Access

You are not currently logged in.

Access your personal account or get JSTOR access through your library or other institution:

login

Log in to your personal account or through your institution.

If You Use a Screen Reader

This content is available through Read Online (Free) program, which relies on page scans. Since scans are not currently available to screen readers, please contact JSTOR User Support for access. We'll provide a PDF copy for your screen reader.

Testing Phylogeographic Hypotheses in a Euro-Siberian Cold-Adapted Leaf Beetle with Coalescent Simulations

Patrick Mardulyn, Yuri E. Mikhailov and Jacques M. Pasteels
Evolution
Vol. 63, No. 10 (Oct., 2009), pp. 2717-2729
Stable URL: http://www.jstor.org/stable/27743427
Page Count: 13
  • Read Online (Free)
  • Download ($4.00)
  • Subscribe ($19.50)
  • Cite this Item
Since scans are not currently available to screen readers, please contact JSTOR User Support for access. We'll provide a PDF copy for your screen reader.
Testing Phylogeographic Hypotheses in a Euro-Siberian Cold-Adapted Leaf Beetle with Coalescent Simulations
Preview not available

Abstract

Few studies to date have investigated the impact of Pleistocene climatic oscillations on the genetic diversity of cold-adapted species. We focus on the geographic distribution of genetic diversity in a Euro-Siberian boreo-montane leaf beetle, Gonioctena pallida. We present the molecular variation from three independent gene fragments over the entire geographic range of this insect. The observed sequence variation identifies a genetic diversity hot spot in the Carpathian Mountains, in central Europe, which reveals the presence of (1) an ancestral refuge population or (2) a secondary contact zone in this area. Modeling of population evolution in a coalescent framework allowed us to favor the ancestral refuge hypothesis. These analyses suggest that the Carpathian Mountains served as a refuge for G. pallida, whereas the rest of the species distribution, that spans a large portion of Europe and Asia, experienced a dramatic reduction in genetic variation probably associated to bottlenecks and/or founder events. We estimated the time of isolation of the ancestral refuge population, using an approximate Bayesian method, to be larger than 90,000 years. If true, the current pattern of genetic variation in this cold-adapted organism was shaped by a climatic event predating by far the end of the last ice age.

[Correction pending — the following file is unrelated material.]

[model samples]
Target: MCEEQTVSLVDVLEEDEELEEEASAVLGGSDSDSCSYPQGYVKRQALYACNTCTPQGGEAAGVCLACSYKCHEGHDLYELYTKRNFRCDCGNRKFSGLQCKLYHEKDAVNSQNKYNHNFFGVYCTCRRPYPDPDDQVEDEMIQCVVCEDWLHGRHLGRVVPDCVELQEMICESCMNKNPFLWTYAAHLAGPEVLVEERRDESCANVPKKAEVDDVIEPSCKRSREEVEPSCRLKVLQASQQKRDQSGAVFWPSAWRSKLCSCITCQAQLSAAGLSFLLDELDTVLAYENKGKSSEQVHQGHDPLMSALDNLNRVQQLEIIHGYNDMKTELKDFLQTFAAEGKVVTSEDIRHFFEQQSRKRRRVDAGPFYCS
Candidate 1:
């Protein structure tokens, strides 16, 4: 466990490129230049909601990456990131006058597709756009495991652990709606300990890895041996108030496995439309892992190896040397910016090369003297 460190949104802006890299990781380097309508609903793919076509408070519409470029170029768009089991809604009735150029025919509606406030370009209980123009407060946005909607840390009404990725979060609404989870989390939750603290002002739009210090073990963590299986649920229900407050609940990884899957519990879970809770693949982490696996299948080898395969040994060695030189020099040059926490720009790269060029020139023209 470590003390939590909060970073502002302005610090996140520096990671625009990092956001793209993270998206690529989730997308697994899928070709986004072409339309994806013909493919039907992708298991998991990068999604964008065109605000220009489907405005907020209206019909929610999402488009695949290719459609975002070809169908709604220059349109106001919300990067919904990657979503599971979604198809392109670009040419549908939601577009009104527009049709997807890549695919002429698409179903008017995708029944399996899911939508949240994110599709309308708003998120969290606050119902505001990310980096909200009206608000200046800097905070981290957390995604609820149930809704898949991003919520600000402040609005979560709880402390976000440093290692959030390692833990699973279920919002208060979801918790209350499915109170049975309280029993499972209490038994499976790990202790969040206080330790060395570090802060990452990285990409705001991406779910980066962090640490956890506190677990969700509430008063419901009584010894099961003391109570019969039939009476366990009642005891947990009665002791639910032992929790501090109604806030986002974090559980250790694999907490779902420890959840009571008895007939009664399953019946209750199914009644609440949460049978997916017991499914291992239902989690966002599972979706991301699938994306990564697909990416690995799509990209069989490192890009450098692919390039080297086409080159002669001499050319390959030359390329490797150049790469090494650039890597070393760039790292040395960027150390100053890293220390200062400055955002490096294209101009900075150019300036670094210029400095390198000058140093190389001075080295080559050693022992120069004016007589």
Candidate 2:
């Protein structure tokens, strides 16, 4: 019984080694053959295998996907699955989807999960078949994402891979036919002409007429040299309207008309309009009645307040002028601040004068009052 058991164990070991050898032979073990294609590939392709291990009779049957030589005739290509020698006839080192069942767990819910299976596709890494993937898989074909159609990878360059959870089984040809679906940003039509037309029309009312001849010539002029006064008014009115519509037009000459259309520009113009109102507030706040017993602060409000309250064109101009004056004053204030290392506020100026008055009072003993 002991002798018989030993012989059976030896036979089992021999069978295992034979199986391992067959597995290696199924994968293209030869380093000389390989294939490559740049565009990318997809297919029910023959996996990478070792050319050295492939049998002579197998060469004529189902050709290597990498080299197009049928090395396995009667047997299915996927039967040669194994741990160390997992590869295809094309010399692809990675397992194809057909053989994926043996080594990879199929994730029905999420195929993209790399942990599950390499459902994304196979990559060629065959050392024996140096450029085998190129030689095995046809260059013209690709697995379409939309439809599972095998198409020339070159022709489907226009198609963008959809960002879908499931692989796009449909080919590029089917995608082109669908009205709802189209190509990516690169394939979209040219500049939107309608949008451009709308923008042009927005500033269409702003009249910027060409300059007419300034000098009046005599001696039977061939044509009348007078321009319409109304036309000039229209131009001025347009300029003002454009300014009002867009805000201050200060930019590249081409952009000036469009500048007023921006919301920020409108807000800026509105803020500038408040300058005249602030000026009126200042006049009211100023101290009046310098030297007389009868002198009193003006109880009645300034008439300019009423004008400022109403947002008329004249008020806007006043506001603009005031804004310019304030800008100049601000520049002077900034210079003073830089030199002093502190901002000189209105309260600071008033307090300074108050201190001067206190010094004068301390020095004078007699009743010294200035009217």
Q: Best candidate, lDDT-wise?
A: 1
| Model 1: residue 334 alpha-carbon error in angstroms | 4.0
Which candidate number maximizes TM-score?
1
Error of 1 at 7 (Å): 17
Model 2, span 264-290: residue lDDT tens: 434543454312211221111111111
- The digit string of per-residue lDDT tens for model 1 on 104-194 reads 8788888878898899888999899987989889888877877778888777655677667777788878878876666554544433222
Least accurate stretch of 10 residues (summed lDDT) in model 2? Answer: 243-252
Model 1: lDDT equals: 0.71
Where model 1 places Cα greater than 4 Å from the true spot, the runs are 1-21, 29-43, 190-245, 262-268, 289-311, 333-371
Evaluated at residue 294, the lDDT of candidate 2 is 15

Page Thumbnails

  • Thumbnail: Page 
2717
    2717
  • Thumbnail: Page 
2718
    2718
  • Thumbnail: Page 
2719
    2719
  • Thumbnail: Page 
2720
    2720
  • Thumbnail: Page 
2721
    2721
  • Thumbnail: Page 
2722
    2722
  • Thumbnail: Page 
2723
    2723
  • Thumbnail: Page 
2724
    2724
  • Thumbnail: Page 
2725
    2725
  • Thumbnail: Page 
2726
    2726
  • Thumbnail: Page 
2727
    2727
  • Thumbnail: Page 
2728
    2728
  • Thumbnail: Page 
2729
    2729